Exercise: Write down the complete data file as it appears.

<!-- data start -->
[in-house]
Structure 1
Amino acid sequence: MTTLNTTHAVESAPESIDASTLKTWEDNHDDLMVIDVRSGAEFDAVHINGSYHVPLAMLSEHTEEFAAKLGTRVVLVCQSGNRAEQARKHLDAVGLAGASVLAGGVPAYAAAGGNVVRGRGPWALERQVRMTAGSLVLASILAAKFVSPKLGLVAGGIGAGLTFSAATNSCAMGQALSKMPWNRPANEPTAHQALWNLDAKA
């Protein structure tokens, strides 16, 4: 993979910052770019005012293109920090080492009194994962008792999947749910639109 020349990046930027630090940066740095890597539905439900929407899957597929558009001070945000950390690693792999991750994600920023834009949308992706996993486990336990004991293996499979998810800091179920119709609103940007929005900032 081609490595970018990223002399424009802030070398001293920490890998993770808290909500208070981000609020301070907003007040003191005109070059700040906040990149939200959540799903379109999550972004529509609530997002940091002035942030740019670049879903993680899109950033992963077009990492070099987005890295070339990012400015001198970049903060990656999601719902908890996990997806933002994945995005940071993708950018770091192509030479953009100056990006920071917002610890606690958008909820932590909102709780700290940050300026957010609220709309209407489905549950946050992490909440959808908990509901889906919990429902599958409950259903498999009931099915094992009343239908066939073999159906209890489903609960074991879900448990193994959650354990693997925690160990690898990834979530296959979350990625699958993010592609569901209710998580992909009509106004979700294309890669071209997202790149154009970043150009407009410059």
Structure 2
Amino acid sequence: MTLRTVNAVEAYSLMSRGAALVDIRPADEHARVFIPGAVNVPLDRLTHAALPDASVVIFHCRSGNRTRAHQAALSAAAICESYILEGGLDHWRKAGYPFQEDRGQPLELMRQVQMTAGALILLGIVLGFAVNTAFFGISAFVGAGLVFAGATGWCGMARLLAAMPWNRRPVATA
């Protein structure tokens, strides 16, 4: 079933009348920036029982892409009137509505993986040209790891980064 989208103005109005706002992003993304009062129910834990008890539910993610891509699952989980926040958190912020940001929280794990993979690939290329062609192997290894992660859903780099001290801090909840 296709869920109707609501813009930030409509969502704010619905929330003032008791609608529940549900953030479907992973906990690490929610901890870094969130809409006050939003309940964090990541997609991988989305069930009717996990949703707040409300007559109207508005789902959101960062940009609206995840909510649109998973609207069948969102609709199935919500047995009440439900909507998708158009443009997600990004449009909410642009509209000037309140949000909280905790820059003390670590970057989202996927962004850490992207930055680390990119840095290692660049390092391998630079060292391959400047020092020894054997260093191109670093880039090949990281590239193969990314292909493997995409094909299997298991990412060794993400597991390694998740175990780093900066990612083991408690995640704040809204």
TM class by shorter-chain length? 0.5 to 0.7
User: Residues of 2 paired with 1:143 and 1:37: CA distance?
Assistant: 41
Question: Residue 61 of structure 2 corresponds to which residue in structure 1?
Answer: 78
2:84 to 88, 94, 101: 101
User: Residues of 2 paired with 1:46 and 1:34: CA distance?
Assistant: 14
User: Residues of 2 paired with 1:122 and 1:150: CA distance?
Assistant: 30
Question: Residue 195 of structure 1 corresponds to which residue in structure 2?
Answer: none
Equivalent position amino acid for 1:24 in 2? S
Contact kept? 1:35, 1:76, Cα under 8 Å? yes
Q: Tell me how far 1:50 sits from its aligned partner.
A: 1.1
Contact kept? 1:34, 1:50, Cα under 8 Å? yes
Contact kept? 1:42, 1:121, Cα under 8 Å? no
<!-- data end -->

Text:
[in-house]
Structure 1
Amino acid sequence: MTTLNTTHAVESAPESIDASTLKTWEDNHDDLMVIDVRSGAEFDAVHINGSYHVPLAMLSEHTEEFAAKLGTRVVLVCQSGNRAEQARKHLDAVGLAGASVLAGGVPAYAAAGGNVVRGRGPWALERQVRMTAGSLVLASILAAKFVSPKLGLVAGGIGAGLTFSAATNSCAMGQALSKMPWNRPANEPTAHQALWNLDAKA
């Protein structure tokens, strides 16, 4: 993979910052770019005012293109920090080492009194994962008792999947749910639109 020349990046930027630090940066740095890597539905439900929407899957597929558009001070945000950390690693792999991750994600920023834009949308992706996993486990336990004991293996499979998810800091179920119709609103940007929005900032 081609490595970018990223002399424009802030070398001293920490890998993770808290909500208070981000609020301070907003007040003191005109070059700040906040990149939200959540799903379109999550972004529509609530997002940091002035942030740019670049879903993680899109950033992963077009990492070099987005890295070339990012400015001198970049903060990656999601719902908890996990997806933002994945995005940071993708950018770091192509030479953009100056990006920071917002610890606690958008909820932590909102709780700290940050300026957010609220709309209407489905549950946050992490909440959808908990509901889906919990429902599958409950259903498999009931099915094992009343239908066939073999159906209890489903609960074991879900448990193994959650354990693997925690160990690898990834979530296959979350990625699958993010592609569901209710998580992909009509106004979700294309890669071209997202790149154009970043150009407009410059």
Structure 2
Amino acid sequence: MTLRTVNAVEAYSLMSRGAALVDIRPADEHARVFIPGAVNVPLDRLTHAALPDASVVIFHCRSGNRTRAHQAALSAAAICESYILEGGLDHWRKAGYPFQEDRGQPLELMRQVQMTAGALILLGIVLGFAVNTAFFGISAFVGAGLVFAGATGWCGMARLLAAMPWNRRPVATA
């Protein structure tokens, strides 16, 4: 079933009348920036029982892409009137509505993986040209790891980064 989208103005109005706002992003993304009062129910834990008890539910993610891509699952989980926040958190912020940001929280794990993979690939290329062609192997290894992660859903780099001290801090909840 296709869920109707609501813009930030409509969502704010619905929330003032008791609608529940549900953030479907992973906990690490929610901890870094969130809409006050939003309940964090990541997609991988989305069930009717996990949703707040409300007559109207508005789902959101960062940009609206995840909510649109998973609207069948969102609709199935919500047995009440439900909507998708158009443009997600990004449009909410642009509209000037309140949000909280905790820059003390670590970057989202996927962004850490992207930055680390990119840095290692660049390092391998630079060292391959400047020092020894054997260093191109670093880039090949990281590239193969990314292909493997995409094909299997298991990412060794993400597991390694998740175990780093900066990612083991408690995640704040809204």
TM class by shorter-chain length? 0.5 to 0.7
User: Residues of 2 paired with 1:143 and 1:37: CA distance?
Assistant: 41
Question: Residue 61 of structure 2 corresponds to which residue in structure 1?
Answer: 78
2:84 to 88, 94, 101: 101
User: Residues of 2 paired with 1:46 and 1:34: CA distance?
Assistant: 14
User: Residues of 2 paired with 1:122 and 1:150: CA distance?
Assistant: 30
Question: Residue 195 of structure 1 corresponds to which residue in structure 2?
Answer: none
Equivalent position amino acid for 1:24 in 2? S
Contact kept? 1:35, 1:76, Cα under 8 Å? yes
Q: Tell me how far 1:50 sits from its aligned partner.
A: 1.1
Contact kept? 1:34, 1:50, Cα under 8 Å? yes
Contact kept? 1:42, 1:121, Cα under 8 Å? no